Red-hot inflation flips the script.
Commenting, Myron Jobson, Senior Personal Finance Analyst, interactive investor, says: “The Bank of England has been winding up interest rates since December 2021, approving 12 consecutive increases to the base rate, which has upped borrowing costs and brought the golden era of low mortgage rates to an end – but there has also been a reprieve in savings rates.
“Not long ago, there was a belief among many economists that the interest rate hike cycle was coming to an end, but the persistence of double-digit inflation has flipped the script. Inflation is proving to be too hot and sticky, which means that interest rates may now peak at a level that exceeds initial forecasts.
“The double whammy of high inflation and high borrowing costs looks set to continue battering household budgets. As such, it remains important to keep a keen eye on your finances and understand how another hike in interest rates could affect you."
“While its moves are influential, fixed mortgage rates don’t respond directly to the latest BoE interest rate decision. They will instead respond to the outlook for the economy and inflation – assessed through the movements in bonds yields. This is one of the main reasons why fixed mortgage deals have actually gone down since the autumn, when bond yield surged in the aftermath of the ill-fated mini-Budget, while interest rates have moved in the opposite direction. But uncertainty prevails, and the 1.4 million households* in the UK coming off ultra-low cost fixed rate deals in 2023 have some acclimatising to do.
“Variable rate mortgages aren’t affected in the same manner – they are tied to the movement in the base rate. As such, the approximately two million borrowers on variable rates could see their monthly mortgage payments increase – at a time when many can least afford it.
“Those approaching the end of their mortgage deals could benefit from being proactive in seeking the best deals now to have more options on the table further down the line. All mortgage offers are valid for a fixed amount of time. Typically, they will last between three and six months, depending on the lender. You are not tied to mortgage contracts until you sign on the dotted lines, so you can ditch it if you find a better deal in the interim.”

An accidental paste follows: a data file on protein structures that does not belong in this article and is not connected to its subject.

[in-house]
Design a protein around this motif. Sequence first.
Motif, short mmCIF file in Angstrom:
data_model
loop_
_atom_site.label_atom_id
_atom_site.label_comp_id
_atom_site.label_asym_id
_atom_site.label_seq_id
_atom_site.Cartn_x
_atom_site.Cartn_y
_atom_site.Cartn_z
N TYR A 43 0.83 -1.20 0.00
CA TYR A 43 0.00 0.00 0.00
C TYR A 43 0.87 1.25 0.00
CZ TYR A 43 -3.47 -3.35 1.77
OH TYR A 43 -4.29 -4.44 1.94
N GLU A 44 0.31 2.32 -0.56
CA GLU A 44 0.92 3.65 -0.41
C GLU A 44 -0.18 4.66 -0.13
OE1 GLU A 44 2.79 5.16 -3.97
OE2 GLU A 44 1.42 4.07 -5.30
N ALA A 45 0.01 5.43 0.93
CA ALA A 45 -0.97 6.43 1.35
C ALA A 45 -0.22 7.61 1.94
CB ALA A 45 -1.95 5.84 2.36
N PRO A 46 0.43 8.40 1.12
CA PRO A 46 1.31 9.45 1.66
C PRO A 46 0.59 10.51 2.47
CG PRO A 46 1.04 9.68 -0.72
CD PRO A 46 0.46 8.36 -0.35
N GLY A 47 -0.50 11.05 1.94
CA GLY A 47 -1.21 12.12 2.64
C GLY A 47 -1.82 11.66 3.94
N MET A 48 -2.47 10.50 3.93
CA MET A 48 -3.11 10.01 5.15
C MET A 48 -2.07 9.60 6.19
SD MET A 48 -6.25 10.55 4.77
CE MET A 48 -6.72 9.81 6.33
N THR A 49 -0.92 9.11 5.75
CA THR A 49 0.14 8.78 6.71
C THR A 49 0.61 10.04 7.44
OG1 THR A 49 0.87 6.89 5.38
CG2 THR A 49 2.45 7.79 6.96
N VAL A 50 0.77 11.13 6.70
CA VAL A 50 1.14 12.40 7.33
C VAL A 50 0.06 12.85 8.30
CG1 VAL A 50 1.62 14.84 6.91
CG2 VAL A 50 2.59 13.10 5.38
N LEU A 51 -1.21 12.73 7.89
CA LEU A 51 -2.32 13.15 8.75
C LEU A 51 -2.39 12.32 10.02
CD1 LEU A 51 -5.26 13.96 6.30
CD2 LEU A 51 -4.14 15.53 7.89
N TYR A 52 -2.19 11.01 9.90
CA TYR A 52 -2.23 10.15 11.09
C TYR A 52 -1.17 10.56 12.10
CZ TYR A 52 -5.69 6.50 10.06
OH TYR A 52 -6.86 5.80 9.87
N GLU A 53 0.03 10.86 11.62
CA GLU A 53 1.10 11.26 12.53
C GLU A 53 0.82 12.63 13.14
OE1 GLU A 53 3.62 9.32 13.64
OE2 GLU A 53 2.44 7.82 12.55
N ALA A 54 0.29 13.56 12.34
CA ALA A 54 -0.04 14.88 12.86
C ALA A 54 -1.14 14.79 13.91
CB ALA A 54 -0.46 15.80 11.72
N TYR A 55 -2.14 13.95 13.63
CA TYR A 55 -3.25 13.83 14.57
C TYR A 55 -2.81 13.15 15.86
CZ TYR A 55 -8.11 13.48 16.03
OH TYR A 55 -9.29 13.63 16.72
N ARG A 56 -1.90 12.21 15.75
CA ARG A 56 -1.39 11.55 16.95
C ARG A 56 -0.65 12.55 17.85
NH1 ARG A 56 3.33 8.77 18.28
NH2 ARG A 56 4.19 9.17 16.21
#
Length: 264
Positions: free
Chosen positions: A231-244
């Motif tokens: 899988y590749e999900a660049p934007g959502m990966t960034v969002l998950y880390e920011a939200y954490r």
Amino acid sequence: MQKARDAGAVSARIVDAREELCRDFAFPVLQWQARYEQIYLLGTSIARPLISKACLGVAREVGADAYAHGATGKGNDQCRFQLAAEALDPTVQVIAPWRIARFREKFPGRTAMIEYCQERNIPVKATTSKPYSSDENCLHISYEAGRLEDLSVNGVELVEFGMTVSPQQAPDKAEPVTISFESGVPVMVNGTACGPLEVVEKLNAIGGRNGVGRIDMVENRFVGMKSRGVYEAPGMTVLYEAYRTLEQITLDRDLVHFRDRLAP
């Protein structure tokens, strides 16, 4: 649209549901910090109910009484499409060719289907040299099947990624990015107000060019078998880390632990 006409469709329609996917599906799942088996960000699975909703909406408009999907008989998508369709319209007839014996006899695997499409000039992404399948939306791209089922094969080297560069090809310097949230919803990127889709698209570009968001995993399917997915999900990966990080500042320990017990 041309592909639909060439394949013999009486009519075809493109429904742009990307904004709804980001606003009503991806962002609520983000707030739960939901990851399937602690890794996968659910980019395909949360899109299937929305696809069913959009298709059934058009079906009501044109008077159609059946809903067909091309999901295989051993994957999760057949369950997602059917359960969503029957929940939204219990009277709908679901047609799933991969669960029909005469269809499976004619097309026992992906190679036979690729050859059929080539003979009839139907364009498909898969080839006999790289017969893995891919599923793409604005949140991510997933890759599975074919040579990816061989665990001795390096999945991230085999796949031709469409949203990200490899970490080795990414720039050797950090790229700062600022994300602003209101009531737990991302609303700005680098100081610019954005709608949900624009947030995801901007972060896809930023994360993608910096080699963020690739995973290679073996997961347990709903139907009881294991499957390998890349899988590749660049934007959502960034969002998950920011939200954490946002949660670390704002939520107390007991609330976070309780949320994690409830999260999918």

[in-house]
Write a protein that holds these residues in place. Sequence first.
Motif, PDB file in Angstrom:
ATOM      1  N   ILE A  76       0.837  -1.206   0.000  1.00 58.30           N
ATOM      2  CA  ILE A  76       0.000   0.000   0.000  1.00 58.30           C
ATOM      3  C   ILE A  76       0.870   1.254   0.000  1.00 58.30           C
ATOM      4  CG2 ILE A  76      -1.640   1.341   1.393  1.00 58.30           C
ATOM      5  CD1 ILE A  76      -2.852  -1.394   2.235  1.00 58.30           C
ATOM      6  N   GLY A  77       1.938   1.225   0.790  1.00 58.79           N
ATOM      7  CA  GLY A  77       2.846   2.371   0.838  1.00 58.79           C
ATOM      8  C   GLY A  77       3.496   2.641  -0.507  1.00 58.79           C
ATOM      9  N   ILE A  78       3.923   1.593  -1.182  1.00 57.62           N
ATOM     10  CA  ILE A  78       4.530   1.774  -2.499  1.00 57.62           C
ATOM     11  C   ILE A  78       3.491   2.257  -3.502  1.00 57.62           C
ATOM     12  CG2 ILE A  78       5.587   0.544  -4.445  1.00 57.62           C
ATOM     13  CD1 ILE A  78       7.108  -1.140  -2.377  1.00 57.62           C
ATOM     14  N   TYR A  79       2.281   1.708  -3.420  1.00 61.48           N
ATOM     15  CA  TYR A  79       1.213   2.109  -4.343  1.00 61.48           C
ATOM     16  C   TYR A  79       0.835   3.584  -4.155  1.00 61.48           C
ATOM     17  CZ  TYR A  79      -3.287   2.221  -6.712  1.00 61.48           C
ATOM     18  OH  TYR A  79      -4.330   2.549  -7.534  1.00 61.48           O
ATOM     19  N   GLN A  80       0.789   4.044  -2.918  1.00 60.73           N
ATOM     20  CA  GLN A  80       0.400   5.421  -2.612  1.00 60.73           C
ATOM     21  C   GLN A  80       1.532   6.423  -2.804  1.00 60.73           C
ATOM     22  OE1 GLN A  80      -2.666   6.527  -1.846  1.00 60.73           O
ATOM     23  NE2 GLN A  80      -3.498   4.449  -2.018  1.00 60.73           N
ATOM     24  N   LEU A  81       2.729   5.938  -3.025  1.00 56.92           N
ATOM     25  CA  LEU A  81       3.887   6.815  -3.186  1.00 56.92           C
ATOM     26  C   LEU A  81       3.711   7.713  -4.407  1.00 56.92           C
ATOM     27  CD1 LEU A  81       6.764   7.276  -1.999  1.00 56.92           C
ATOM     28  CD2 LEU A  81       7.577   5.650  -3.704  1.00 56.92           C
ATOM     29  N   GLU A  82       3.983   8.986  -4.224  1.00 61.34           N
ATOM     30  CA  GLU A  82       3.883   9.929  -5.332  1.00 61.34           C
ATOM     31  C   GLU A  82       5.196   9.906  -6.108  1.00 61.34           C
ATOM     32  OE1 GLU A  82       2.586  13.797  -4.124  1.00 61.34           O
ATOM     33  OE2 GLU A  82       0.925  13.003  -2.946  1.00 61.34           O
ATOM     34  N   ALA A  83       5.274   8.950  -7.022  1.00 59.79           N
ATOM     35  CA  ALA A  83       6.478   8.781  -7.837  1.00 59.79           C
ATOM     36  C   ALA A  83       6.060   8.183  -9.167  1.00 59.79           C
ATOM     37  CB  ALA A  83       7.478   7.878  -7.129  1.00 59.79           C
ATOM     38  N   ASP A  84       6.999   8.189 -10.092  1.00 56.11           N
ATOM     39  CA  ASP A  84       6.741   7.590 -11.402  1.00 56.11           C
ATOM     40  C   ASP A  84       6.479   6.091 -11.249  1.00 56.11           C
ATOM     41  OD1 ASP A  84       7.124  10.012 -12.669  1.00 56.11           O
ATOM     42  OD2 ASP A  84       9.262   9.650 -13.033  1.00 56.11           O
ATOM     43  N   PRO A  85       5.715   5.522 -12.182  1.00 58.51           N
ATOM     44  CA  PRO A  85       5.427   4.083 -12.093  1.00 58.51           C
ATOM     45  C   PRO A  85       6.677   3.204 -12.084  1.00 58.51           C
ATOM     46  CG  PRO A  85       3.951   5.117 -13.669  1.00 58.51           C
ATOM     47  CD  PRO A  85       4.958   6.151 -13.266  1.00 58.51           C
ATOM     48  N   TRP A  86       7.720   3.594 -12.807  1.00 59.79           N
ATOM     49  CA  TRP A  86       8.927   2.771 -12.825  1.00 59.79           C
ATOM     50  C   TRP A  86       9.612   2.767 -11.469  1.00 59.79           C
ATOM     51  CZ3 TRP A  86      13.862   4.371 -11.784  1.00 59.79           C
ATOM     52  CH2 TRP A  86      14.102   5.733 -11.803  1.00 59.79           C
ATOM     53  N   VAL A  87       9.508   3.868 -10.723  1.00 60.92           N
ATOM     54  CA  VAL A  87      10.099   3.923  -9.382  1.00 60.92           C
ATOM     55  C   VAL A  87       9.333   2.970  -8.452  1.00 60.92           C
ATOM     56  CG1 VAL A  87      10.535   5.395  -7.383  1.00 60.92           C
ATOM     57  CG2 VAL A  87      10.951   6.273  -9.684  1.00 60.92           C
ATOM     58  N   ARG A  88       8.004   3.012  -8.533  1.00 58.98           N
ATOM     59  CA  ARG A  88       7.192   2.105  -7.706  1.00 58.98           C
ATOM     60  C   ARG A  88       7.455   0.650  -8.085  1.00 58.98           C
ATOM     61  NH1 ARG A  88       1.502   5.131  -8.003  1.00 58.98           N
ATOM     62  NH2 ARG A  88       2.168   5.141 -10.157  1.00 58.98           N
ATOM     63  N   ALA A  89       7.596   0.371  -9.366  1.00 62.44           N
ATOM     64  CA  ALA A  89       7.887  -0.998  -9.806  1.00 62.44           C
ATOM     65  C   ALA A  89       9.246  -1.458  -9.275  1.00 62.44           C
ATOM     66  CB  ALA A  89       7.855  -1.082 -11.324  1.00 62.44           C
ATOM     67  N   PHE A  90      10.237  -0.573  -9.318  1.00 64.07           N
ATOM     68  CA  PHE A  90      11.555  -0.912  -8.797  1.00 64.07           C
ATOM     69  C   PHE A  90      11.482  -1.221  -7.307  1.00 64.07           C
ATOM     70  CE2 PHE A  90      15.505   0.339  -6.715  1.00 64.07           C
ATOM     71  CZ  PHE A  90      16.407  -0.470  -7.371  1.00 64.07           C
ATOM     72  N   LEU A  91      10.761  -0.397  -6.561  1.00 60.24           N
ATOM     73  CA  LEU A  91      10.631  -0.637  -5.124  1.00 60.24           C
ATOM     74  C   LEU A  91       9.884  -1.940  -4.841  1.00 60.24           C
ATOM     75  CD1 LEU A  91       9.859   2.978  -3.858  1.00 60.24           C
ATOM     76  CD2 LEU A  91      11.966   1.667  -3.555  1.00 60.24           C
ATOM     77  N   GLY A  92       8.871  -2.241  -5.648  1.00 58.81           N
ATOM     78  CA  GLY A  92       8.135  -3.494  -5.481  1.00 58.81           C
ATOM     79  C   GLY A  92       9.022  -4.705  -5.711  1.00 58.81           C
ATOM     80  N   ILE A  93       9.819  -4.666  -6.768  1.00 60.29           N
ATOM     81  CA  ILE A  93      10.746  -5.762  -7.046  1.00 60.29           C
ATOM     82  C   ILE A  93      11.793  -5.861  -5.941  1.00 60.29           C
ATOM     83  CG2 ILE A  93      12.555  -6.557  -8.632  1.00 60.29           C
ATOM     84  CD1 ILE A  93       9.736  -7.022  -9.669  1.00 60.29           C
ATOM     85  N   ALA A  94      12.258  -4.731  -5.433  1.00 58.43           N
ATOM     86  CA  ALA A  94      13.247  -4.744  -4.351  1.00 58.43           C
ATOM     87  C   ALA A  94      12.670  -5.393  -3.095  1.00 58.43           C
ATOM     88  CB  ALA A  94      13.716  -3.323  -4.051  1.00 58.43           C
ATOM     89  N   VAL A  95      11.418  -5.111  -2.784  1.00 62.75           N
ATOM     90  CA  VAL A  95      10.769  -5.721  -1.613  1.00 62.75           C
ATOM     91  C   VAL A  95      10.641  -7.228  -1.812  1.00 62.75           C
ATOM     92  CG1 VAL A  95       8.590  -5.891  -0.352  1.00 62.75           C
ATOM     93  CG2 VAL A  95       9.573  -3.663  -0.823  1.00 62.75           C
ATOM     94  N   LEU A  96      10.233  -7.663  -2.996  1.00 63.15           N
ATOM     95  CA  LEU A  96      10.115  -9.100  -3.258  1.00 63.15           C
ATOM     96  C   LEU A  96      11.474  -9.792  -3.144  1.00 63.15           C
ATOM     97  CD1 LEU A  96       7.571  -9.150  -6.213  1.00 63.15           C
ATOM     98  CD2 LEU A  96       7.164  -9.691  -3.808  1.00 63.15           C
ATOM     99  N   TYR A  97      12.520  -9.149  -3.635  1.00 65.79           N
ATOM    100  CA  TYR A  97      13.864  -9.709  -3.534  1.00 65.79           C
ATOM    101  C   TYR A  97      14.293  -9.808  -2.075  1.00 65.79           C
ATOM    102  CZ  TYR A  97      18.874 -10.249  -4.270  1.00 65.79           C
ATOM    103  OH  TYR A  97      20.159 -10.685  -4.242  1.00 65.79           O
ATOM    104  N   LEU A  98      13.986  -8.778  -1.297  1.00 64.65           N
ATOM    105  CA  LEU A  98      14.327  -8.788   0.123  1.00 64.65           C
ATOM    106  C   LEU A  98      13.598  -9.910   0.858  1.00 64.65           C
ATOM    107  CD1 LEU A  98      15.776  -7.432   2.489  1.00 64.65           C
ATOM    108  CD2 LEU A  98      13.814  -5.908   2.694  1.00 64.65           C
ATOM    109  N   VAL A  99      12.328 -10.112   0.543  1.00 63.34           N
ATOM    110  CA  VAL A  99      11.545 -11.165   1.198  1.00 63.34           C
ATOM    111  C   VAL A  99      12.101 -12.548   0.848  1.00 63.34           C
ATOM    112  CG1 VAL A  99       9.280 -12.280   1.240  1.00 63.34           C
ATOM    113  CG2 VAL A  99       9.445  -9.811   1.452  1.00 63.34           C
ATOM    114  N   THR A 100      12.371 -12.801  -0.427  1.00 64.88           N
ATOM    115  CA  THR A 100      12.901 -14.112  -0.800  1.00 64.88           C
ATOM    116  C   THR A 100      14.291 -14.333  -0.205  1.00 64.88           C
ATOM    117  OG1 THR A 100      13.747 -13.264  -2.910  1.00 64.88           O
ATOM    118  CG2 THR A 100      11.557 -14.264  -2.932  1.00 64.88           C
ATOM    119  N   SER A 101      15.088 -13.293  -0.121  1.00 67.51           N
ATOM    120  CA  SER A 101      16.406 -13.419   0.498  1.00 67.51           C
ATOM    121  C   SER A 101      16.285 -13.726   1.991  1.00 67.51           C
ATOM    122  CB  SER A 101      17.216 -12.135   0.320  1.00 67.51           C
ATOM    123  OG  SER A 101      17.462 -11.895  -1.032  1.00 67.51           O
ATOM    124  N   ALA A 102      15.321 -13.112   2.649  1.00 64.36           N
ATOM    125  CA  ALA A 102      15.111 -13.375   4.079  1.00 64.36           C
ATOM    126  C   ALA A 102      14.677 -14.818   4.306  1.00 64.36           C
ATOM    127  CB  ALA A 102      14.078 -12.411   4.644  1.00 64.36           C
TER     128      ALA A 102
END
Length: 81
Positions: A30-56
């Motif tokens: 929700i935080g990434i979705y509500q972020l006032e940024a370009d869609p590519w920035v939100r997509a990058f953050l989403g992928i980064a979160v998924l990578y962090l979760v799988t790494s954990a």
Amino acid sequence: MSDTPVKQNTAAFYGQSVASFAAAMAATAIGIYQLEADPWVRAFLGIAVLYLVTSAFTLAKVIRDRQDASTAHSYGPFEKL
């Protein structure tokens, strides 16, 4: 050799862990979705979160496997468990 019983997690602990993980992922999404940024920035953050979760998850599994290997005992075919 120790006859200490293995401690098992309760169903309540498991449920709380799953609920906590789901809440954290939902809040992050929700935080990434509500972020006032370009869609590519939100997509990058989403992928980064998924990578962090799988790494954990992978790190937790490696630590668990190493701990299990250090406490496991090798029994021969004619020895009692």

“Cash savings are back, after years in the doldrums in the fallout of the financial crisis 15 years ago. Another uptick in the base rate could push savings rates even higher – but there are no guarantees. The acceleration in the frequency of rate rises has meant that some savings providers may still be catching up to past base rate rises. It could take months for the increase in interest rates to trickle through to savers – if at all.
“But the uptick in savings rates has been devastated by inflation, which has surged much higher, meaning you'll be able to buy less with your money. In fact, the real value of cash savings has been eroded at an alarming rate in recent history.
“Those who can afford to put money away for five years or more should consider investing for the potential of long-term inflation-beating returns that far outstrip savings rates. Investing can be volatile on a day-to-day basis and while the potential for greater returns from the stock market comes with inevitable risk, taking a long-term view means you can smooth out some of those highs and lows while benefiting from the long-term potential that comes with this approach. You can invest from £25 per month, and some platforms, such as interactive investor, offer a free regular investing service.”
“When it comes to borrowing, common debt arrangements such as a personal loan or car financing won’t usually be affected by changes to interest rates because a fixed rate of interest is typically agreed before the loan is taken out. However, the rate of interest applied to credit cards and overdrafts could go down - even though they are not directly linked to the BoE base rate.”
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